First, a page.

At the trial, Mary Warren’s testimony is disputed by the prosecution. Abigail – the woman who supposedly saw the spirit of Mary Warren – leads a gang against her. When the pressure of the accusations finally gets the best of her, she confesses to working for the Devil. In the wake of the accusations, Proctor and Corey are arrested. Hale quits the court, out of disdain for the blatant display of irrationality.
Proctor takes Elizabeth Warren to the vestry room and reveals that the deposition was signed by Mary Warren. She tells Danforth that she and the girls were only pretending. She refuses to participate in the investigation, saying that she is disgusted with the investigation. Eventually, the court orders Proctor and Corey to be arrested. In the end, a gruesome misunderstanding arises between Proctor and Hale, which enables Danforth to sentence Elizabeth to prison.
After Mary’s confession, Deputy Governor Danforth is preparing to try the two women. He doesn’t want the trial to be postponed, but it’s hard to argue with Danforth and Hathorne. Moreover, they do not have proof to prove their crimes. Consequently, they have no choice but to try to convince the accused Klägers of their crimes. If they don’t do so, they will be forced to lie to save their lives or die telling the truth.
In this scene, Elizabeth is accusing Proctor of witchcraft and trying to hide it. But as soon as Proctor denies the accusations, he becomes even more suspicious of Elizabeth. This is a moment that makes the Deputy Governor even more suspicious of him. The tension in the courtroom mounts as he questioning Mary Warren. She confesses that she and her friends have been lying. The tension is intensified when Danforth asks her about her relationship with Hale.
In a later scene, the two defendants rebuff the accusers. The two women are swayed by the scandal and are forced to confess. But Proctor is not convinced that he is guilty of the crime and blames himself for allowing the girls to take their lives. Instead, he asks the accused to admit to the crimes. In response, the Deputy Governor demands that they reveal all the details of the alleged conspiracies.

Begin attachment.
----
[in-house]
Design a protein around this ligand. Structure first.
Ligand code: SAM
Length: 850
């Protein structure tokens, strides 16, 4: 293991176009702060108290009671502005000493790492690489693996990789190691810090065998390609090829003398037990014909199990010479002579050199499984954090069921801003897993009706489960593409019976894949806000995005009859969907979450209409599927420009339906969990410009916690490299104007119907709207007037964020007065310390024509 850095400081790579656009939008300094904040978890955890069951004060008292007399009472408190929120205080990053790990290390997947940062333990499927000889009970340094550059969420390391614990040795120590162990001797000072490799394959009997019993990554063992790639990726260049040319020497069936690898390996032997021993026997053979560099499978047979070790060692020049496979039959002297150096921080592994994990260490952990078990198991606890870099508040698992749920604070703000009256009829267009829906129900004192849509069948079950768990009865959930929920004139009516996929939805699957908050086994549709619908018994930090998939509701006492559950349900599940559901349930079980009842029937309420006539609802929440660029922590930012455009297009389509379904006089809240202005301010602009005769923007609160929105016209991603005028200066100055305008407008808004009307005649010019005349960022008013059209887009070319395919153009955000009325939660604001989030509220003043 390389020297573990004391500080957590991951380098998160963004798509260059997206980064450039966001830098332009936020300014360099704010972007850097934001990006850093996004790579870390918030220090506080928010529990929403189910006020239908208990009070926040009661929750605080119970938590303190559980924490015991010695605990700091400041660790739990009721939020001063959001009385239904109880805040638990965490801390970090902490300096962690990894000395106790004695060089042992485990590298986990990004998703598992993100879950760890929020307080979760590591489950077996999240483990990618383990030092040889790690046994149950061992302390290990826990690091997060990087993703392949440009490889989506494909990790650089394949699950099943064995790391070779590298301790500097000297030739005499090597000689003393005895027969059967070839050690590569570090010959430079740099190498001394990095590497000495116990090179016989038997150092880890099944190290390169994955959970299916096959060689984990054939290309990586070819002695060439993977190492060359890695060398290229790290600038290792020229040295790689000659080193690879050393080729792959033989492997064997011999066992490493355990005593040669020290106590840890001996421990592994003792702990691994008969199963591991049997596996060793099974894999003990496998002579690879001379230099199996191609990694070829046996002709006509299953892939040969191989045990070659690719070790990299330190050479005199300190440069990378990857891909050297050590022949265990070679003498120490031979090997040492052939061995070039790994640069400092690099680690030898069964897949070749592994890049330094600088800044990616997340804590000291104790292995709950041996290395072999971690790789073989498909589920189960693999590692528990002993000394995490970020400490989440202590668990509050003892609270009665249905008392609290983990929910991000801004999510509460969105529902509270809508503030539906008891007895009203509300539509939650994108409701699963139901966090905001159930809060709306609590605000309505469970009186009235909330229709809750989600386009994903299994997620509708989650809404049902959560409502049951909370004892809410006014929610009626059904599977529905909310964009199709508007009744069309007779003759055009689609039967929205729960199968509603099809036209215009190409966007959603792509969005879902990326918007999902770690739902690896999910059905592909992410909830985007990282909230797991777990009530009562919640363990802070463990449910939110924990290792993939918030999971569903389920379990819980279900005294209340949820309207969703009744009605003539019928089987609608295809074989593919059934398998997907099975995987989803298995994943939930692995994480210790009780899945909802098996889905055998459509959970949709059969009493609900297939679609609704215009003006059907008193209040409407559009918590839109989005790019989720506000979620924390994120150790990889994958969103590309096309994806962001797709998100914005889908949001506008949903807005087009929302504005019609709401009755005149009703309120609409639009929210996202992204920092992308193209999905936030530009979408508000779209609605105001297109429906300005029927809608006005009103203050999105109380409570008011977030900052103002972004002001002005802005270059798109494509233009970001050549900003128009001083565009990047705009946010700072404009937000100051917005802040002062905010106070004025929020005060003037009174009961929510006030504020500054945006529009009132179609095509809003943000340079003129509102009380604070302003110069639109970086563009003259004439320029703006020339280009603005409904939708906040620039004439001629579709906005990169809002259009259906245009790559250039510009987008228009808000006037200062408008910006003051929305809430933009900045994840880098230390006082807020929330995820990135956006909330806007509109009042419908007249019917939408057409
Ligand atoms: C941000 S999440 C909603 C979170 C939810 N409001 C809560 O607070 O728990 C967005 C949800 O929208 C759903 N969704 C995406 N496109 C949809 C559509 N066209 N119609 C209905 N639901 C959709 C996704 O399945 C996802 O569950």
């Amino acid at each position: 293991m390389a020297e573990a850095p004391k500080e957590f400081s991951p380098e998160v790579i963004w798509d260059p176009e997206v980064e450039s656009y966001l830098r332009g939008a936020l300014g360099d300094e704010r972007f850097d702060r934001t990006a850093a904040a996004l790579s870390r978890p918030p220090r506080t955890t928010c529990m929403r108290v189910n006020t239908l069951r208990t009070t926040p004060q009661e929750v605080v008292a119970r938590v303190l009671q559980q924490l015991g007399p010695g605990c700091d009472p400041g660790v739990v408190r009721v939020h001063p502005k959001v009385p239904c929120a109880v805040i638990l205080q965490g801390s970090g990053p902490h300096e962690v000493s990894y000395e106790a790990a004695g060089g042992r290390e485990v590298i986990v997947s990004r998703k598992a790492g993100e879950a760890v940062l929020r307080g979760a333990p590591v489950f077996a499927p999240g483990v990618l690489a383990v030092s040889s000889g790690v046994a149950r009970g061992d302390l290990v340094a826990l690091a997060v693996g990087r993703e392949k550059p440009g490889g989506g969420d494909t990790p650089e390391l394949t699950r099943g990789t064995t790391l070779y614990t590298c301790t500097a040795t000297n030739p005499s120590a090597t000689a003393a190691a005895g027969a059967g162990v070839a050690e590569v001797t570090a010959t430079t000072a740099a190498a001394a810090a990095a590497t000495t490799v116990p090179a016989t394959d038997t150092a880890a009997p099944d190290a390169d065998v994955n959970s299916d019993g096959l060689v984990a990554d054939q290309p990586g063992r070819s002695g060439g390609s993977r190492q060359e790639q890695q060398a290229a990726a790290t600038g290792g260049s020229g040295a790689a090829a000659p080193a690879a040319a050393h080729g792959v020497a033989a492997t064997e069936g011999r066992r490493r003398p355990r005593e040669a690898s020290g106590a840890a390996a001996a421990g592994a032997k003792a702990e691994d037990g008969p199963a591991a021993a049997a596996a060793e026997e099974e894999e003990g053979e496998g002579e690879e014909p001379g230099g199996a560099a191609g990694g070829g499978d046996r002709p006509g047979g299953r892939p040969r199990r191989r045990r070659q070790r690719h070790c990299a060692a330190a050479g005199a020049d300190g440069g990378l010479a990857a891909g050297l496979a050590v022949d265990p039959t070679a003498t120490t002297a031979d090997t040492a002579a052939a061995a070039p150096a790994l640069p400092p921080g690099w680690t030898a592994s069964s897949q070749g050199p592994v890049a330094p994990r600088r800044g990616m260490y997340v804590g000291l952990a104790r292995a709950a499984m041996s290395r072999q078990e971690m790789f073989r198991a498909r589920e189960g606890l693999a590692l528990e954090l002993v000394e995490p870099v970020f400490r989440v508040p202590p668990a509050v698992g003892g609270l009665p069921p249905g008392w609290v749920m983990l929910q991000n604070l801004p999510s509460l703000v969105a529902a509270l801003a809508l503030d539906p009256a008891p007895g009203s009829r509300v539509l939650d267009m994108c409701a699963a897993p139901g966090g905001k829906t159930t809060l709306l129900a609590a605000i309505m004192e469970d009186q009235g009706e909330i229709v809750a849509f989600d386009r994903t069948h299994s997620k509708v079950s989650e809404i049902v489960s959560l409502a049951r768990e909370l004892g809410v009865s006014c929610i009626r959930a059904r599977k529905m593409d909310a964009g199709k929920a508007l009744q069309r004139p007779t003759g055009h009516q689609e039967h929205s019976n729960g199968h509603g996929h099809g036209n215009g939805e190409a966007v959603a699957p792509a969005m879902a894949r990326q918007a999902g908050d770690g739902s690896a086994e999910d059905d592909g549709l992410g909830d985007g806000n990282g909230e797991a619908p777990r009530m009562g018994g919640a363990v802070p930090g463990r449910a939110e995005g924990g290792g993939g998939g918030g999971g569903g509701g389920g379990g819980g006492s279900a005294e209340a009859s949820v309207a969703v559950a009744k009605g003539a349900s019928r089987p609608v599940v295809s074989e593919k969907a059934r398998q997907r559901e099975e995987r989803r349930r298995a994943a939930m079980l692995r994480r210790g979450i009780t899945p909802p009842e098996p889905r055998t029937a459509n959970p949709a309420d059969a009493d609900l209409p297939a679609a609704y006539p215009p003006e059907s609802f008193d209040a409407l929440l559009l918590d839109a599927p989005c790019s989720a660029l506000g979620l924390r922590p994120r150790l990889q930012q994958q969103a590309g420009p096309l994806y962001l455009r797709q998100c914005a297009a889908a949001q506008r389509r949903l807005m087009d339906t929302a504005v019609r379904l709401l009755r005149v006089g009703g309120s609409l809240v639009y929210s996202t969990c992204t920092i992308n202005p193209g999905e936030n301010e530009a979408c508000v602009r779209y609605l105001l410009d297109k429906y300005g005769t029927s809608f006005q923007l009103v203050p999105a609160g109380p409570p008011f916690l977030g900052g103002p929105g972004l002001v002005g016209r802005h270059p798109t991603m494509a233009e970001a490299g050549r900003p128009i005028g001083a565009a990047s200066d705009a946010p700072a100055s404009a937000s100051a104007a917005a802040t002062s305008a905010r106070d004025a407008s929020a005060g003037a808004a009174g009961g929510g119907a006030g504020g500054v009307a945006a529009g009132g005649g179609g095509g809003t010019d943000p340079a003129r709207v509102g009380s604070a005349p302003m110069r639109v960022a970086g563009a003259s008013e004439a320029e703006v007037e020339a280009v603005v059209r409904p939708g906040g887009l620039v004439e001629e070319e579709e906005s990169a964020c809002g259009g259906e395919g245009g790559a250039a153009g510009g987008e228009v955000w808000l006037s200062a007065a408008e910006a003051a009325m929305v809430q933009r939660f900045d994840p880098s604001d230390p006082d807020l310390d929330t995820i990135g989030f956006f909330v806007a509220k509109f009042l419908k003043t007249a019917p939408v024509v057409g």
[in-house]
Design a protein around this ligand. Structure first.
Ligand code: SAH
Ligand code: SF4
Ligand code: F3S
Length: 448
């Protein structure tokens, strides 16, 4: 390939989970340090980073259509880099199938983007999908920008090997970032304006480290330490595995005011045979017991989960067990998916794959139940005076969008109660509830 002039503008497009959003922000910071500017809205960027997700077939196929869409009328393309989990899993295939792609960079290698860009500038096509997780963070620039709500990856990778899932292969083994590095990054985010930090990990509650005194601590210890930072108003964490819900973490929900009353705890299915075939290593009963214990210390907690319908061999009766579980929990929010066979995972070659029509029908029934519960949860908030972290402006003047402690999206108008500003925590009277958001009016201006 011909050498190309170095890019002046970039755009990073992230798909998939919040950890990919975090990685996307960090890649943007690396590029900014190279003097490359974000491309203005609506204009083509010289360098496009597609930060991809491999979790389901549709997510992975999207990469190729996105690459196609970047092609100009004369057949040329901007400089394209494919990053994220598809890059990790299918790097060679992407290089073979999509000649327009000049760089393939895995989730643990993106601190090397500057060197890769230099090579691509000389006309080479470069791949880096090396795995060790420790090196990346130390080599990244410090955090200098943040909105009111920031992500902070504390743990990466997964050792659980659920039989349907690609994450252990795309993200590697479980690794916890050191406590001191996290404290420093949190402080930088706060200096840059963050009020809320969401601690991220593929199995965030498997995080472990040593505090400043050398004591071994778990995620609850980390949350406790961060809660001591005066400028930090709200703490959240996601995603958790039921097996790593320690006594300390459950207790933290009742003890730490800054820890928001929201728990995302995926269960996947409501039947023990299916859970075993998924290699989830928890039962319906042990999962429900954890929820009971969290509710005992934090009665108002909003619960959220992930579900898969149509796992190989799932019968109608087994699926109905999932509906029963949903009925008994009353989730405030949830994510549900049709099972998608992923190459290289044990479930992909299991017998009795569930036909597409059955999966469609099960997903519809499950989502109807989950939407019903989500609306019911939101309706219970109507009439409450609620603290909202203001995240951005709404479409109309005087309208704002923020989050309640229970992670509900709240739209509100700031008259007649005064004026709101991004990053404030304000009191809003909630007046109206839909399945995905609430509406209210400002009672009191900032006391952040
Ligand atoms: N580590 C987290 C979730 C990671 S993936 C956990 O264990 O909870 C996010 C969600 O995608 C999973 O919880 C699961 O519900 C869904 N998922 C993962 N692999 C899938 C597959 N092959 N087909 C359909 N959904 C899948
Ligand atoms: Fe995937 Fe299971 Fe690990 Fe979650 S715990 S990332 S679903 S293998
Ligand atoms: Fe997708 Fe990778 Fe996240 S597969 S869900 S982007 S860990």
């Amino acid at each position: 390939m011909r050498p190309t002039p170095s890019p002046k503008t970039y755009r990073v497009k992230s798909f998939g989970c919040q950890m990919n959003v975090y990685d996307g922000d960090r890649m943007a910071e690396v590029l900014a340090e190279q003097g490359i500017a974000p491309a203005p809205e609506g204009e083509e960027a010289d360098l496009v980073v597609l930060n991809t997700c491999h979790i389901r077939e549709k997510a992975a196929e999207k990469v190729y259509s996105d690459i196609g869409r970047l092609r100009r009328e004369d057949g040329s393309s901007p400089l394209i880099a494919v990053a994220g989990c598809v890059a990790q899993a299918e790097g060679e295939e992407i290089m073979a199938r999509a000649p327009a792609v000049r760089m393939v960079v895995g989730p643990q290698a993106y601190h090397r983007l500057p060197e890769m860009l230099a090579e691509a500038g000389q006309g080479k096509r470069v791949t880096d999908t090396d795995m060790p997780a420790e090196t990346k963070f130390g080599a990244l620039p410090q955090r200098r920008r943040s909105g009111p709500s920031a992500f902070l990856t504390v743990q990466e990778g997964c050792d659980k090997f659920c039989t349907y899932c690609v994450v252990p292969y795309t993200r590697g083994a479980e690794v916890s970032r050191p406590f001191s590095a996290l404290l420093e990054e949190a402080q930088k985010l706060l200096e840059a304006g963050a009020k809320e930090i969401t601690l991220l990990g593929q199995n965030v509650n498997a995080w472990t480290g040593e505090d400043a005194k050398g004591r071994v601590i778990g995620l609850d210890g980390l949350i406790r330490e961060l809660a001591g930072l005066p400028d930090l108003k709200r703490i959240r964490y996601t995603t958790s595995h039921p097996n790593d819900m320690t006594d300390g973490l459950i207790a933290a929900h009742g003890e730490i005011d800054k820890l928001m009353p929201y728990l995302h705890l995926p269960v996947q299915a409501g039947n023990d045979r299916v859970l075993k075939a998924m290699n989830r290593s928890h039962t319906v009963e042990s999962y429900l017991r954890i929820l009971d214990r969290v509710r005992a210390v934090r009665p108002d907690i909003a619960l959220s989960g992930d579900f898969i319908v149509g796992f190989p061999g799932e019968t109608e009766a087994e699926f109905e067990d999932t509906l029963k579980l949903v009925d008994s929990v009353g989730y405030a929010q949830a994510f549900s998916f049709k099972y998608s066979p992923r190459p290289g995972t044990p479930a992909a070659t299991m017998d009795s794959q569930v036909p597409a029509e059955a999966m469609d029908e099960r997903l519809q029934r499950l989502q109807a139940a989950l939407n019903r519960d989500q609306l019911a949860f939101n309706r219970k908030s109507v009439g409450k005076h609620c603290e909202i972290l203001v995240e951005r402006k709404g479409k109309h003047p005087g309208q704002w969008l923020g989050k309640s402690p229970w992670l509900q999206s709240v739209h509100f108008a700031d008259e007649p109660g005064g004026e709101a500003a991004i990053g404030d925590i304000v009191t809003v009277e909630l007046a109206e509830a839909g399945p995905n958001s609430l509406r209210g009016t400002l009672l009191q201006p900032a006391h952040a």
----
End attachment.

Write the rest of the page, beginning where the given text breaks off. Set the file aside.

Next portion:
The second act of the accused is to make the accuser admit to the crime. The prosecutor tells the accuser that he knows what he did. The defendants are guilty because he did not commit the crime. The trial proceeds. Both sides have motives. The accused is guilty of the crimes. They were not convicted. At the end of the trial, the Deputy Governor is found to be innocent.
After hearing the evidence, he does not hear Giles Corey’s testimony. This shows that he is suspicious of everyone who disrupts the court. The court does not want to be questioned about his motives. It only wants to preserve its authority. This is one reason why Danforth is so suspicious of Abigail. He knows that she and her colleagues have lied to the court.
After the trial, the jury finds Proctor guilty of witchcraft. During the trial, the judge is also suspicious of the accusers. This is the main reason why Elizabeth Proctor lied to him. She tries to protect her husband’s reputation. However, he is not convinced of his innocence. He believes that Abigail is innocent. He is innocent. In the end, the judge makes his decision based on her own beliefs.
As the investigation progresses, Danforth becomes more suspicious of Proctor. The prosecutors are looking for evidence of his accusations. He accuses Proctor of treason after learning that Abigail is pregnant. In addition, he accuses the two women of witchcraft. They have a child together and the baby is the result of a love affair.